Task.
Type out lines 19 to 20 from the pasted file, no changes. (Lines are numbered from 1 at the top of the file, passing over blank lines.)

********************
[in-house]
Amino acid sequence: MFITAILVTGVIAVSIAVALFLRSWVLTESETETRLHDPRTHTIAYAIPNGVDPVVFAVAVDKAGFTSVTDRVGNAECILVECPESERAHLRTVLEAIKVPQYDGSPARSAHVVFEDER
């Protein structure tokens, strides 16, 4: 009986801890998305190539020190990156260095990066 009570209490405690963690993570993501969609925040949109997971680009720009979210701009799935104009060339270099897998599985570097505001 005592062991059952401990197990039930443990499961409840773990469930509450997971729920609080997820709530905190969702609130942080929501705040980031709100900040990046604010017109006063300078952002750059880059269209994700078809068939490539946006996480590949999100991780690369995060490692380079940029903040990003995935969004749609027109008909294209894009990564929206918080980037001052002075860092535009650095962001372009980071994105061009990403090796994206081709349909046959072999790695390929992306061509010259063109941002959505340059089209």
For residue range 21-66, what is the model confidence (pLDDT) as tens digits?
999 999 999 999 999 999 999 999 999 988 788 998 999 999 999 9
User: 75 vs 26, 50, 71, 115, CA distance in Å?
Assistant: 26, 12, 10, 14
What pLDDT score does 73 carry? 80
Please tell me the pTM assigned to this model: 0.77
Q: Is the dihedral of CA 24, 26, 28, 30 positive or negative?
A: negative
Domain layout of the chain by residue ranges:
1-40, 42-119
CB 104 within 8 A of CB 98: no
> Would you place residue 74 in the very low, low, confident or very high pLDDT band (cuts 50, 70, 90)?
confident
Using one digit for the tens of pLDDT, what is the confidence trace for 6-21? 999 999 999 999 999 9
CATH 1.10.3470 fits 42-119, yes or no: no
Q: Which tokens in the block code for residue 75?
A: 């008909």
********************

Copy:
Q: Which tokens in the block code for residue 75?
A: 């008909």